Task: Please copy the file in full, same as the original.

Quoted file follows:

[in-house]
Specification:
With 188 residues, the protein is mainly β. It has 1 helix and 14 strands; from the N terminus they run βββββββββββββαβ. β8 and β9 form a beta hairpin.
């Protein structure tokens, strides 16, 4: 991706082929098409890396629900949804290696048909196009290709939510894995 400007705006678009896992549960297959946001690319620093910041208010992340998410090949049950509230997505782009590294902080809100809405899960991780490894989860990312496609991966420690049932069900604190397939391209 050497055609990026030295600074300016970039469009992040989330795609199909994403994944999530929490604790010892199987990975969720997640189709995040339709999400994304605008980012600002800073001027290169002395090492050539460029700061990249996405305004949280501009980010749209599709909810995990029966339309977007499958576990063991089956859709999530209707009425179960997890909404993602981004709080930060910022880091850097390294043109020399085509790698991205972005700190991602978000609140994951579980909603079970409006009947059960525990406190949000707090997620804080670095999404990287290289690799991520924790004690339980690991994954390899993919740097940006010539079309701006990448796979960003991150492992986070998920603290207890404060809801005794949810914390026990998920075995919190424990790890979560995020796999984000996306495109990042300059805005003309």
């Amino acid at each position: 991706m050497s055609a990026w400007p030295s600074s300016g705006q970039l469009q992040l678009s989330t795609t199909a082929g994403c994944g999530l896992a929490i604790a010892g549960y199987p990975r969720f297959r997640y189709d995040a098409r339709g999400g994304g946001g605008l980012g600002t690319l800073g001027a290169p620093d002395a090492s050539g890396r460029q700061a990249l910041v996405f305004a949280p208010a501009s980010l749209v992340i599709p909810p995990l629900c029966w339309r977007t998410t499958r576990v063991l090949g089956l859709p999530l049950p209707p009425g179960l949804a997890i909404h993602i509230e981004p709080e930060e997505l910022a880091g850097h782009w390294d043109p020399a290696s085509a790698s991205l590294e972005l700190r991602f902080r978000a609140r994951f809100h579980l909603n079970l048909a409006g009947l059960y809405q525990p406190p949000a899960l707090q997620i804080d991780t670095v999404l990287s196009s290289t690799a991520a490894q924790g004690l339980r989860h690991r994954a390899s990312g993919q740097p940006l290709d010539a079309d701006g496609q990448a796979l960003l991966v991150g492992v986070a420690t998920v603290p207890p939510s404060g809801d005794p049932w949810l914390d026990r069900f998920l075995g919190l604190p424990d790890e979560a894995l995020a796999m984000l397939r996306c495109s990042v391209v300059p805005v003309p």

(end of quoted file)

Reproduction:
[in-house]
Specification:
With 188 residues, the protein is mainly β. It has 1 helix and 14 strands; from the N terminus they run βββββββββββββαβ. β8 and β9 form a beta hairpin.
């Protein structure tokens, strides 16, 4: 991706082929098409890396629900949804290696048909196009290709939510894995 400007705006678009896992549960297959946001690319620093910041208010992340998410090949049950509230997505782009590294902080809100809405899960991780490894989860990312496609991966420690049932069900604190397939391209 050497055609990026030295600074300016970039469009992040989330795609199909994403994944999530929490604790010892199987990975969720997640189709995040339709999400994304605008980012600002800073001027290169002395090492050539460029700061990249996405305004949280501009980010749209599709909810995990029966339309977007499958576990063991089956859709999530209707009425179960997890909404993602981004709080930060910022880091850097390294043109020399085509790698991205972005700190991602978000609140994951579980909603079970409006009947059960525990406190949000707090997620804080670095999404990287290289690799991520924790004690339980690991994954390899993919740097940006010539079309701006990448796979960003991150492992986070998920603290207890404060809801005794949810914390026990998920075995919190424990790890979560995020796999984000996306495109990042300059805005003309």
């Amino acid at each position: 991706m050497s055609a990026w400007p030295s600074s300016g705006q970039l469009q992040l678009s989330t795609t199909a082929g994403c994944g999530l896992a929490i604790a010892g549960y199987p990975r969720f297959r997640y189709d995040a098409r339709g999400g994304g946001g605008l980012g600002t690319l800073g001027a290169p620093d002395a090492s050539g890396r460029q700061a990249l910041v996405f305004a949280p208010a501009s980010l749209v992340i599709p909810p995990l629900c029966w339309r977007t998410t499958r576990v063991l090949g089956l859709p999530l049950p209707p009425g179960l949804a997890i909404h993602i509230e981004p709080e930060e997505l910022a880091g850097h782009w390294d043109p020399a290696s085509a790698s991205l590294e972005l700190r991602f902080r978000a609140r994951f809100h579980l909603n079970l048909a409006g009947l059960y809405q525990p406190p949000a899960l707090q997620i804080d991780t670095v999404l990287s196009s290289t690799a991520a490894q924790g004690l339980r989860h690991r994954a390899s990312g993919q740097p940006l290709d010539a079309d701006g496609q990448a796979l960003l991966v991150g492992v986070a420690t998920v603290p207890p939510s404060g809801d005794p049932w949810l914390d026990r069900f998920l075995g919190l604190p424990d790890e979560a894995l995020a796999m984000l397939r996306c495109s990042v391209v300059p805005v003309p």